'We Want To Build Firewall': Power Minster RK Singh Calls For Tightening Import Norms, Check Power Equipment Bought From China

More tariff barriers, rigorous testing of foreign equipment, and prior permission requirements for imports from adversary countries like China or Pakistan will be the main focus of India's power sector.

India   |   29 Jun 2020 1:26 PM GMT
Editor : Navya Singh | Creatives : Abhishek M

India has been on the lookout recently to impose quality control measures and higher tariffs on goods from China as it looks to boost domestic manufacturing to cut reliance on imports.

In such a scenario, Power Minister R K Singh has called for tightening of import norms. He contended that India will check all power equipment bought from China for malware and Trojan horses that can be potentially used to trigger electricity grid failures to cripple economic activity in the country.

In an interview, the minister said that his renewable energy ministry has proposed imposing customs duties on some solar power equipment starting from August 1 as part of the country's goal of becoming self-sufficient.

"Power is a very sensitive and strategic sector for any country. Electricity runs all industries, communication systems, and all databases including strategic ones and so we have to guard it against any sabotage by countries which are adversaries or possible adversaries," he said. "We want to build a firewall."

More tariff barriers, rigorous testing of foreign equipment, and prior permission requirements for imports from adversary countries like China or Pakistan will be the main focus of India's power sector.

"We have reports that malware and Trojan horse can be installed which can be activated remotely to bring down the power sector and the economy," he said. "So we have decided because it is a sensitive sector, whatever equipment is made in India, we will purchase them. And those that are not made in India, we will import but check thoroughly to rule out the presence of any malware or Trojan horse."

This decision comes in the aftermath of border clashes in Ladakh's Galwan valley between the Indian and Chinese troops which claimed lives of 20 Indian Army personnel.

As per reports by The Economic Times, India's power sector has earlier faced cyberattacks, a majority of which reportedly originated from China, Singapore, Russia, and the Commonwealth of Independent States (CIS) countries.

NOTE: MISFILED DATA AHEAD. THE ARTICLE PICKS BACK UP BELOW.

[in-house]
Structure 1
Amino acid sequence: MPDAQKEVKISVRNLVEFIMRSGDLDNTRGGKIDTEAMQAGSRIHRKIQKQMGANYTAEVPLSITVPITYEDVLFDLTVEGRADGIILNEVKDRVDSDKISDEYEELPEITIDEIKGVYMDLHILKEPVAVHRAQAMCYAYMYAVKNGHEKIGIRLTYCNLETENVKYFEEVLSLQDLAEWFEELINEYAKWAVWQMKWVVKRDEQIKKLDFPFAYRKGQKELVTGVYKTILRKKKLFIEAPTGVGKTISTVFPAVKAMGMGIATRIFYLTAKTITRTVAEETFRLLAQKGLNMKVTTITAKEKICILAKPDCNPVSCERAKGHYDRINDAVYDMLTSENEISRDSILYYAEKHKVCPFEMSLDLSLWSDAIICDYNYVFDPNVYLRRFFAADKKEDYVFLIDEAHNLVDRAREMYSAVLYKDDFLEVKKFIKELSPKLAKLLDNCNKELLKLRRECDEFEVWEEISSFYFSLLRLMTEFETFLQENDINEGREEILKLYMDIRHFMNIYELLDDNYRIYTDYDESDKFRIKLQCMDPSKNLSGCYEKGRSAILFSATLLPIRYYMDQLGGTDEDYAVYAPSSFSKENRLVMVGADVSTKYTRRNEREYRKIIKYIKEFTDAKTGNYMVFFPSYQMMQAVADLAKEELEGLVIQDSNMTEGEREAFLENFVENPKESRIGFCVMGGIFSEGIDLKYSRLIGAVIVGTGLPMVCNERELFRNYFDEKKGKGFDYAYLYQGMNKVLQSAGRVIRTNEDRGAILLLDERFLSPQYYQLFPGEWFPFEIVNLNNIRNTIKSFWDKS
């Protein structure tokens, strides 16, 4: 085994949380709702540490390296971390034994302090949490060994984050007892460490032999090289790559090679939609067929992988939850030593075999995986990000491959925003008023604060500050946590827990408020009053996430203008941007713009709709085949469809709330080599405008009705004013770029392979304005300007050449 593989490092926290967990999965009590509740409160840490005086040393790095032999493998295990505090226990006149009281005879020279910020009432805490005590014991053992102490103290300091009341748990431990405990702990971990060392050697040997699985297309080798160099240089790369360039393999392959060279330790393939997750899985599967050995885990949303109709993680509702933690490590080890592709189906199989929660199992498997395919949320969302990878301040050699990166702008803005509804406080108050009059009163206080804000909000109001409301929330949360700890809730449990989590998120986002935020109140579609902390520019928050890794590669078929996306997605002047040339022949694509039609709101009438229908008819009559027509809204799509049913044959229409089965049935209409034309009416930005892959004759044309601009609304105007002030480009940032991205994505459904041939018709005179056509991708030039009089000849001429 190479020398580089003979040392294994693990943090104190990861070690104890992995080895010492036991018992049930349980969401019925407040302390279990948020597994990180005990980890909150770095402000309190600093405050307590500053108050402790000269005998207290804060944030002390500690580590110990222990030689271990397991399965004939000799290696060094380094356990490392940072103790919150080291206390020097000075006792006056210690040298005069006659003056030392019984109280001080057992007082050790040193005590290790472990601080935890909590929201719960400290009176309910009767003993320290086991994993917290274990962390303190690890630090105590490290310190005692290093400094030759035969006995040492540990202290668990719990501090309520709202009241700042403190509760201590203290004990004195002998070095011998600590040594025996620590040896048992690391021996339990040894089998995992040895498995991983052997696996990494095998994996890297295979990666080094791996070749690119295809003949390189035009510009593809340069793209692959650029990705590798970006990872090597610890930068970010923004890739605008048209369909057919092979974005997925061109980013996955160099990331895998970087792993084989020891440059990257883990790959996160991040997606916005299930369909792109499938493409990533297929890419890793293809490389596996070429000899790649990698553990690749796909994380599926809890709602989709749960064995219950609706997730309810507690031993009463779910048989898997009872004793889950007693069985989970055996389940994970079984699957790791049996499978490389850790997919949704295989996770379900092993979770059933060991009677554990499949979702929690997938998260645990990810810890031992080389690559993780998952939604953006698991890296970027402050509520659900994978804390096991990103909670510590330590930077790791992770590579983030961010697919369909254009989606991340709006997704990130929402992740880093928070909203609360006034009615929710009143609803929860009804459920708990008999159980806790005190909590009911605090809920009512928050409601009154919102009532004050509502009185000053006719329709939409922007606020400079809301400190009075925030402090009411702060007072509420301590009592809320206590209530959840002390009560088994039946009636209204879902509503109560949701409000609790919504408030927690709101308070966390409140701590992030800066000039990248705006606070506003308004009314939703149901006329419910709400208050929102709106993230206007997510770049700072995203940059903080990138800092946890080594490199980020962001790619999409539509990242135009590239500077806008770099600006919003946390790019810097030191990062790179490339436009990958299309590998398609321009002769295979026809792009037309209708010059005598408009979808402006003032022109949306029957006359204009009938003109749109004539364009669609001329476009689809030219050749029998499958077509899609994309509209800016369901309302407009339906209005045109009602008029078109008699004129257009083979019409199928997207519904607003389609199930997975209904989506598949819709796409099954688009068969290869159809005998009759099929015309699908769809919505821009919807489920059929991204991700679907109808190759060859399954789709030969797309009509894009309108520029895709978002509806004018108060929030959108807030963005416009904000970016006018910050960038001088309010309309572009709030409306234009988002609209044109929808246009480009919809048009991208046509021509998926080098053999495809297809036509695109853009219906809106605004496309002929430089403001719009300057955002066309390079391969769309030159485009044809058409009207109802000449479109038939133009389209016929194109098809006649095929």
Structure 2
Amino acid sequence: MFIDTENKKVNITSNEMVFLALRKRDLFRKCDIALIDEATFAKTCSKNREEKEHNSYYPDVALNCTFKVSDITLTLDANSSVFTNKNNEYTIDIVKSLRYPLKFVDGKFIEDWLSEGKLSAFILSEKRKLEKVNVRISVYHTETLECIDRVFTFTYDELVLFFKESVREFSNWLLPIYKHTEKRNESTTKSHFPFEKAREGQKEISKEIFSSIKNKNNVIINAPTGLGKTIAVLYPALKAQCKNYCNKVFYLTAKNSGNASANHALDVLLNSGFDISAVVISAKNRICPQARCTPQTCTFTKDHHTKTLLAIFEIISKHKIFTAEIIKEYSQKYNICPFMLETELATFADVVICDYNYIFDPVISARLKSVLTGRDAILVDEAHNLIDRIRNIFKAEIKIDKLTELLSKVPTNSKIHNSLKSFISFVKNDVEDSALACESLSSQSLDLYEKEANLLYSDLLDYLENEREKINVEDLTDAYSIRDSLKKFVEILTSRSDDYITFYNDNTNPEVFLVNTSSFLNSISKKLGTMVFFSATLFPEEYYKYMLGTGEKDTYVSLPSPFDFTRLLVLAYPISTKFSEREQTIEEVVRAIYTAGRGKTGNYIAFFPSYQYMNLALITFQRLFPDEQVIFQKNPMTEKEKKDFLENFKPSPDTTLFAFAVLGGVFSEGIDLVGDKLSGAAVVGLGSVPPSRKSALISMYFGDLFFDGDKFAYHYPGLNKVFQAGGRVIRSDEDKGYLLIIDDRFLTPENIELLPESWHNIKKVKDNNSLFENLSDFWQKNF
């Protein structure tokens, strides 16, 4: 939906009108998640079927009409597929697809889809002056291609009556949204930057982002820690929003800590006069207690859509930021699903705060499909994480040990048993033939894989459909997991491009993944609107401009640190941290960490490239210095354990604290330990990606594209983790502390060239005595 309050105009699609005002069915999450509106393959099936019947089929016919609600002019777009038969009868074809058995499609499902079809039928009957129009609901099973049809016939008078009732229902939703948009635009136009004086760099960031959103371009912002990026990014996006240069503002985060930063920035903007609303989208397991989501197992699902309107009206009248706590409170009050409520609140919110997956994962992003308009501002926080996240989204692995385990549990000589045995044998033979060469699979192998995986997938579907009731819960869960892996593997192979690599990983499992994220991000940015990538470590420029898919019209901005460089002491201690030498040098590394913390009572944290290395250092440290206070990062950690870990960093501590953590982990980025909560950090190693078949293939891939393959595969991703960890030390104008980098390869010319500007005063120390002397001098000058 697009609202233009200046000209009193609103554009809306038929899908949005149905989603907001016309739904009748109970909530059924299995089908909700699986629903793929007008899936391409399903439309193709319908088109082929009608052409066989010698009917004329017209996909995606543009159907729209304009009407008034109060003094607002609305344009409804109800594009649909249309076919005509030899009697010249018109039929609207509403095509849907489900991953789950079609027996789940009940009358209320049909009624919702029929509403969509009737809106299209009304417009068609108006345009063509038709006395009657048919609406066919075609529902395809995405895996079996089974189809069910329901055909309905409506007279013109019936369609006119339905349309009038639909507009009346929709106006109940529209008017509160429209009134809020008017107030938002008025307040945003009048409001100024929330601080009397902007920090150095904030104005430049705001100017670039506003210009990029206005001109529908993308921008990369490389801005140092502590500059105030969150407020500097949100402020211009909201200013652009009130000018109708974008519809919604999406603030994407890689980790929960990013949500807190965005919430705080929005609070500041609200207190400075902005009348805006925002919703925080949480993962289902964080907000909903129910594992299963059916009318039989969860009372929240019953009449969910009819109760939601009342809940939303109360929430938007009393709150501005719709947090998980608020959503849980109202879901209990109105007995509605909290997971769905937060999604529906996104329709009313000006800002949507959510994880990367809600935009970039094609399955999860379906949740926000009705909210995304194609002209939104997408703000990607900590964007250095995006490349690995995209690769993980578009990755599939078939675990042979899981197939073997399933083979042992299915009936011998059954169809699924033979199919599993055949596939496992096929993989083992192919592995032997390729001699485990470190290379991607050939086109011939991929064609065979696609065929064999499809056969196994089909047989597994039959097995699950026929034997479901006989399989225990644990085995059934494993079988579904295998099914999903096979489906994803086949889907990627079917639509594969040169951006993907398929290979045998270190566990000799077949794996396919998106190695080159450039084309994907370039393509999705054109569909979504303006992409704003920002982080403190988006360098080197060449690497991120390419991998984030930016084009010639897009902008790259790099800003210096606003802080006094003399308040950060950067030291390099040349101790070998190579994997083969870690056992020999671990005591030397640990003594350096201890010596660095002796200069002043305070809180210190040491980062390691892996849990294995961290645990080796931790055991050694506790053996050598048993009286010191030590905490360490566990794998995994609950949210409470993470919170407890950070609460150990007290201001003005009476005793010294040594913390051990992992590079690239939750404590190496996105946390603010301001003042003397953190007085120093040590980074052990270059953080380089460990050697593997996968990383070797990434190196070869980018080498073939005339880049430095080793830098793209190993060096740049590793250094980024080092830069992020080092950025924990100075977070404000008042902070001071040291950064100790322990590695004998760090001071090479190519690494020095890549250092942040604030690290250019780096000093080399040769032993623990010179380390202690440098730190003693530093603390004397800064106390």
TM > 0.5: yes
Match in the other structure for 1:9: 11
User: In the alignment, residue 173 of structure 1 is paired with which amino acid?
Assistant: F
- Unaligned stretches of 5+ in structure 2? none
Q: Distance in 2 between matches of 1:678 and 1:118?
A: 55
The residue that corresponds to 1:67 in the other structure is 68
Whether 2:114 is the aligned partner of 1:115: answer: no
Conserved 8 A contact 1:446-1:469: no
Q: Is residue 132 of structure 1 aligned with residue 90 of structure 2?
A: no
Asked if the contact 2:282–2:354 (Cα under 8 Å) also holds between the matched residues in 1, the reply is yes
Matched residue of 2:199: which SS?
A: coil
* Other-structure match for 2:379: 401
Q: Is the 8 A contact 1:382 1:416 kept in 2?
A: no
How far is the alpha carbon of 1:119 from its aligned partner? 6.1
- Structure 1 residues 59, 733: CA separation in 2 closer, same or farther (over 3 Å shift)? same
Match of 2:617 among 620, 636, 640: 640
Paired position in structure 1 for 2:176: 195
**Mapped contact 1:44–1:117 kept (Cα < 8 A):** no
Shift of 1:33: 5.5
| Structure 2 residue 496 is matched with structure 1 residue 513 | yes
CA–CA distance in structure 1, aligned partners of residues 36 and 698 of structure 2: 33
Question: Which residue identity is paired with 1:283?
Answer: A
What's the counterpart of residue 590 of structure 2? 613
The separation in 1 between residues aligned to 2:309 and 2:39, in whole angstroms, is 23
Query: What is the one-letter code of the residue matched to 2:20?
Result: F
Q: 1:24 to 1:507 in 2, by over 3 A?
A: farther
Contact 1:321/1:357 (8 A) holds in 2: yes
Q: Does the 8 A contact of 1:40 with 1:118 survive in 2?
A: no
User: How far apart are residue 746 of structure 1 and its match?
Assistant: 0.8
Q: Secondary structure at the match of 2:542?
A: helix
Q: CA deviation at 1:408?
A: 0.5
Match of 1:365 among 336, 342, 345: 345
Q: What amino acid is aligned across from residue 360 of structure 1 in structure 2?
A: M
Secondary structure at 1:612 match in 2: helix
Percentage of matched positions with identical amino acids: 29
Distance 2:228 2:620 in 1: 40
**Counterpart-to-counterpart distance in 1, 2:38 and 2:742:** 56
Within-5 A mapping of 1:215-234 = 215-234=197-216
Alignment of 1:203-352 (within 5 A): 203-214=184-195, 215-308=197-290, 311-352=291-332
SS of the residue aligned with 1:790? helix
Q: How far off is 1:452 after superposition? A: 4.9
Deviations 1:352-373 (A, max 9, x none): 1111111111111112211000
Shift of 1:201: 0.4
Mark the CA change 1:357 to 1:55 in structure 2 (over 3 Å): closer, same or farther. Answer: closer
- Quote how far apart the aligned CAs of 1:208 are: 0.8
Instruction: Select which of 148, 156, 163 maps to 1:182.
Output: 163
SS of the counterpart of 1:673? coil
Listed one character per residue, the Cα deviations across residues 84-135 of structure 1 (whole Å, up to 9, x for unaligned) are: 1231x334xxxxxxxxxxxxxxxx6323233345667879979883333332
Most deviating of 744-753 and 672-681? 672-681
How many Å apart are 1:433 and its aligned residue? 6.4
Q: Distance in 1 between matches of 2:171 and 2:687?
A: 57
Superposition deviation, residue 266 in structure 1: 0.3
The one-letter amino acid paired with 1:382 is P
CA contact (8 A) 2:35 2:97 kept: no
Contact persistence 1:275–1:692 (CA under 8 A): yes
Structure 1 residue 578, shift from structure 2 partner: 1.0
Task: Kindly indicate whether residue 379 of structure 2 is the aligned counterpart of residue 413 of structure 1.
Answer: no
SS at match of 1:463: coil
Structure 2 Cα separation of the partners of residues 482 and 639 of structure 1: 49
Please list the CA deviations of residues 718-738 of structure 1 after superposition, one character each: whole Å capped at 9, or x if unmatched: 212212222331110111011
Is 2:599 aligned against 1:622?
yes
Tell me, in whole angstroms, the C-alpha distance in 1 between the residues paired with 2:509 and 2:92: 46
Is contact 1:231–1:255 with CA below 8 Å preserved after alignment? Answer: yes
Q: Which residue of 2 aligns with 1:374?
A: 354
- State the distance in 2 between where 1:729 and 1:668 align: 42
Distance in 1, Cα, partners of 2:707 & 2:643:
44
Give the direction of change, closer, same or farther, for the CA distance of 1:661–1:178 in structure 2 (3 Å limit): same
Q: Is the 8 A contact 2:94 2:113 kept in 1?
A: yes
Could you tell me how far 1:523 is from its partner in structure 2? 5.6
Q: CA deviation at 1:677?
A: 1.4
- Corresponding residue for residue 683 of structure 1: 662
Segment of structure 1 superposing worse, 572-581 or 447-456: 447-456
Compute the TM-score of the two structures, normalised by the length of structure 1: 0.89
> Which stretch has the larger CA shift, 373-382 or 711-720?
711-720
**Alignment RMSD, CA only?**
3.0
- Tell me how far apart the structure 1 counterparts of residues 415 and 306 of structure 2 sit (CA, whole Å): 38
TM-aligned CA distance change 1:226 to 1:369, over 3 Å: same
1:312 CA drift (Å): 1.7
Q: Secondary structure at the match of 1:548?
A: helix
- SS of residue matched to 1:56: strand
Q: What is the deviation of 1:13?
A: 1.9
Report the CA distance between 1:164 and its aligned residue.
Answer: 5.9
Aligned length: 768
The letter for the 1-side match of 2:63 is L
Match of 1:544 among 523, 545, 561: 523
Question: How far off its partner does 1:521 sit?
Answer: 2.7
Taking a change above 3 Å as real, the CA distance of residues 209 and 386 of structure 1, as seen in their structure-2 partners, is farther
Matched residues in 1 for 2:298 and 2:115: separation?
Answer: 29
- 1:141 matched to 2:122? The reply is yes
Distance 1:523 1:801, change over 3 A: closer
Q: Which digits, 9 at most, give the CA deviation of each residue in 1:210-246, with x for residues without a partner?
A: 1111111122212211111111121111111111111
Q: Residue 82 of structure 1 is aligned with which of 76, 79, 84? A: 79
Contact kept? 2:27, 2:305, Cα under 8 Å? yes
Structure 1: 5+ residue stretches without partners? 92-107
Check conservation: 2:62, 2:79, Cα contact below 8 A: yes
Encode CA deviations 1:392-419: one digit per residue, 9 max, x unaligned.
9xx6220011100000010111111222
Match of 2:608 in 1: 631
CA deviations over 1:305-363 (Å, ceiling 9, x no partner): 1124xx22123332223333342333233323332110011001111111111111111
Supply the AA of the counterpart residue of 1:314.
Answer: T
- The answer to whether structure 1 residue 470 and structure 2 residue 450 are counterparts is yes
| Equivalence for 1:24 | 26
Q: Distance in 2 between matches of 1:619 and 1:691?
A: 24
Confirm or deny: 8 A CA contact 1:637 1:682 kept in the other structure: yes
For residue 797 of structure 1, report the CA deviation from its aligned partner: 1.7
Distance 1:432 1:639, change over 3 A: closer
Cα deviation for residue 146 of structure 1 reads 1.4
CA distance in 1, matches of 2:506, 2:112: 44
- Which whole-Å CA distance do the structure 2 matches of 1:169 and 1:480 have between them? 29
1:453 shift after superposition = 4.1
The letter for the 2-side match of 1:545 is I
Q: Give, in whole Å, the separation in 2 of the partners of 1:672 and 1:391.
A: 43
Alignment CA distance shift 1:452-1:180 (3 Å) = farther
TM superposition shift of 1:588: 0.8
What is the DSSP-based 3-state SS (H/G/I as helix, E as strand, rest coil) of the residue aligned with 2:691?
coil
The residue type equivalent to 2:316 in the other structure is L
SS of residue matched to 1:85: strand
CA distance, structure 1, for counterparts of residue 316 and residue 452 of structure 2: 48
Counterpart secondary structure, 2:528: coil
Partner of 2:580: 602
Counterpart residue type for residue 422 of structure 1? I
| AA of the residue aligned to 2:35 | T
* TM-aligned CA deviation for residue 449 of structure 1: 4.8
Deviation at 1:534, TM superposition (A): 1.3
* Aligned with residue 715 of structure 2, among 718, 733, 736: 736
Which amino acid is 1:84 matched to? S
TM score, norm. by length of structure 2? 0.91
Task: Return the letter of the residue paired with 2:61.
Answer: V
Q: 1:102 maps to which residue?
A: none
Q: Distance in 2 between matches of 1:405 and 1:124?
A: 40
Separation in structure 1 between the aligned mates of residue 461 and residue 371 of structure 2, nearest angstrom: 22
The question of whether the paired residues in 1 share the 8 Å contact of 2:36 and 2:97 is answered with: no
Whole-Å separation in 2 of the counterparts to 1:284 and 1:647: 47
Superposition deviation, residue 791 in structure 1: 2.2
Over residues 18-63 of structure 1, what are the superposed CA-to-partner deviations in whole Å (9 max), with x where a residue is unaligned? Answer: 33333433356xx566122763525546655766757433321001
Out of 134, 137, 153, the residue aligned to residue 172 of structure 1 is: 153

Singh said a committee was set up under the Central Electricity Authority to examine the cyber threat and the panel has said "it is a real live threat."

"It is very serious," he said. "It is sensitive because an adversary can bring our entire country to a halt. It is a very sensitive and strategic sector because the defense industry and all other industries run on power. If the power goes out, then you have storage of about 12 to 24 hours only."

He said his ministry has proposed imposing 25 percent customs duty on solar modules from August, which can be raised to 40 percent from April 2022. On solar cells, it has proposed 15 percent duty, rising to 25 percent in 2022. On solar inverters, an import duty of 20 percent is proposed. China accounts for nearly 80 percent of module supplies in India.

Singh further said the power industry should stop imports of products whose domestic supplies are adequate. As part of quality control measures, the Bureau of Indian Standards is finalising tougher norms for at least 370 products, including chemicals, steel, electronics, heavy machinery, furniture, paper, industrial machinery, rubber articles, glass, metal articles, pharma, fertilizers, and plastic toys, to ensure items that can be locally produced are not imported.

The government has also made it mandatory for suppliers to mention the country of origin in a move to push for local products and keep out Chinese manufacturers.

China is India's biggest source of imports. Chinese imports such as electronic goods, industrial machinery, and organic chemicals totalled almost USD 70 billion last year. China has a trade surplus of about USD 50 billion with India.

READ: Goa Considers Dropping Chinese Company From Rs 1,400 Cr Bridge Project As Boycott China Call Intensifies

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Richa Mukherjee

Richa Mukherjee

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Navya Singh

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"Writing and speaking about the matters where they don't shed light, I'm always on my toes to bring out the untold, unheard stories from the background of Economy and Defense."

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